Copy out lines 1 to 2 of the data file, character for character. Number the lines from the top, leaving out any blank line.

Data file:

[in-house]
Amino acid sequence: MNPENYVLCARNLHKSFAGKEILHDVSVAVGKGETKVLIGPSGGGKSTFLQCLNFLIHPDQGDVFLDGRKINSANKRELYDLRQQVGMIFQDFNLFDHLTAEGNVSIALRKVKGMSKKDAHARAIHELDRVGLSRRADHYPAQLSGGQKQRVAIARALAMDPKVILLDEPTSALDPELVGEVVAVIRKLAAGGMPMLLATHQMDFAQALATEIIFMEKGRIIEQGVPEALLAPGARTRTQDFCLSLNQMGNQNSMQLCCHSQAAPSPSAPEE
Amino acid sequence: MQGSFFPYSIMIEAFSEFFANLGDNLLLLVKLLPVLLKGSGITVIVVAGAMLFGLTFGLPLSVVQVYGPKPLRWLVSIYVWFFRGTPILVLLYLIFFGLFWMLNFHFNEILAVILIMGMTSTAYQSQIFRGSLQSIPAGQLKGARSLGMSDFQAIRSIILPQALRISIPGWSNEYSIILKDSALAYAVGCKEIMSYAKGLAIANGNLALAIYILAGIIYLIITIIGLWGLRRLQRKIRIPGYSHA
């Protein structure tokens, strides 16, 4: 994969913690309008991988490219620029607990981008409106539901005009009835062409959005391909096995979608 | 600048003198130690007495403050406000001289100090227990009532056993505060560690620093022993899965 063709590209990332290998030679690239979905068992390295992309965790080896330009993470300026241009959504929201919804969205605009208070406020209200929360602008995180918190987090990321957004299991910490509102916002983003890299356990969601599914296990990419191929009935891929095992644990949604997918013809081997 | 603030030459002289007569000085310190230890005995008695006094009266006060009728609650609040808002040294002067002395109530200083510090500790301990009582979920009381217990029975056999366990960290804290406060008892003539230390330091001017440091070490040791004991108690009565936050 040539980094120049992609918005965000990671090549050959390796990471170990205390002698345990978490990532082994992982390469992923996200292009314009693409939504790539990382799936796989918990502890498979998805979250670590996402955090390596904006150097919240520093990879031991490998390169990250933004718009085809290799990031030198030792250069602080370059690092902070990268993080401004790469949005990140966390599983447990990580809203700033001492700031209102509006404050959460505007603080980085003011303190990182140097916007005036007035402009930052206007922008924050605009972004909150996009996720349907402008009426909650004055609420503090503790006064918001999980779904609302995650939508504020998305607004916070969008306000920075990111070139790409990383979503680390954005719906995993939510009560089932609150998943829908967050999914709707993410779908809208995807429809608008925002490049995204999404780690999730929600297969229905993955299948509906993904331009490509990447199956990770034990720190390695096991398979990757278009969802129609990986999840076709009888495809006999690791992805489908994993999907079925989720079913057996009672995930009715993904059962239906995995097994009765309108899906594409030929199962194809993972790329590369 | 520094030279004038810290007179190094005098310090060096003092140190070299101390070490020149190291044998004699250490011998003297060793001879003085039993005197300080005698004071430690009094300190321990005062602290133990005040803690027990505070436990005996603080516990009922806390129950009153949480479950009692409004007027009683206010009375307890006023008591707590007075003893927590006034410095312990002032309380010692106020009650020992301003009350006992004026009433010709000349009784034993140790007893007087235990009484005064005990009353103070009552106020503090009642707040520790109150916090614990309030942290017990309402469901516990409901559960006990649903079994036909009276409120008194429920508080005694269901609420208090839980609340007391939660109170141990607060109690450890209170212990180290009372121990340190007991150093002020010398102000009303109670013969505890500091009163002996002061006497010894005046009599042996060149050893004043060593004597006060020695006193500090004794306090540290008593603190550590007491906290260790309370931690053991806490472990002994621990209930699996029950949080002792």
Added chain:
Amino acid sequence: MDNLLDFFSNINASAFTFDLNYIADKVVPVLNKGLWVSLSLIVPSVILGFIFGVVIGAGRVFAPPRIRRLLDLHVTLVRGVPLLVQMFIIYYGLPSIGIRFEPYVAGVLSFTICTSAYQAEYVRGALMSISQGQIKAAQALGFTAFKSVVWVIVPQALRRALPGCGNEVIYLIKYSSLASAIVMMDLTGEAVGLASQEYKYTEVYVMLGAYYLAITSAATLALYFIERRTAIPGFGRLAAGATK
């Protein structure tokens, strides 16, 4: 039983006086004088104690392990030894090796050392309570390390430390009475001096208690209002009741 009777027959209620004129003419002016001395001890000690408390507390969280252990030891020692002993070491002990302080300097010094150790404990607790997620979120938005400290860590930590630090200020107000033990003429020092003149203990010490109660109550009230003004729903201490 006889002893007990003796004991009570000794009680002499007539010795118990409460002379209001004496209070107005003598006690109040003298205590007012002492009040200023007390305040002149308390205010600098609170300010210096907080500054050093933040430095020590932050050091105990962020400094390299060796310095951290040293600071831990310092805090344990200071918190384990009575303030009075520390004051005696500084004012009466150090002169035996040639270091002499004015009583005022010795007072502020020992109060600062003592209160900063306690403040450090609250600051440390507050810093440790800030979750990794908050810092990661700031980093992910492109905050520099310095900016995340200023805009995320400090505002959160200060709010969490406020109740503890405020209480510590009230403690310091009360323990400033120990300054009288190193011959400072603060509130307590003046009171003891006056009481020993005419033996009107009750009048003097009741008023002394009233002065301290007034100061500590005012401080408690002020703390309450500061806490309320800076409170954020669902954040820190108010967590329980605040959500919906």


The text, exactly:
[in-house]
Amino acid sequence: MNPENYVLCARNLHKSFAGKEILHDVSVAVGKGETKVLIGPSGGGKSTFLQCLNFLIHPDQGDVFLDGRKINSANKRELYDLRQQVGMIFQDFNLFDHLTAEGNVSIALRKVKGMSKKDAHARAIHELDRVGLSRRADHYPAQLSGGQKQRVAIARALAMDPKVILLDEPTSALDPELVGEVVAVIRKLAAGGMPMLLATHQMDFAQALATEIIFMEKGRIIEQGVPEALLAPGARTRTQDFCLSLNQMGNQNSMQLCCHSQAAPSPSAPEE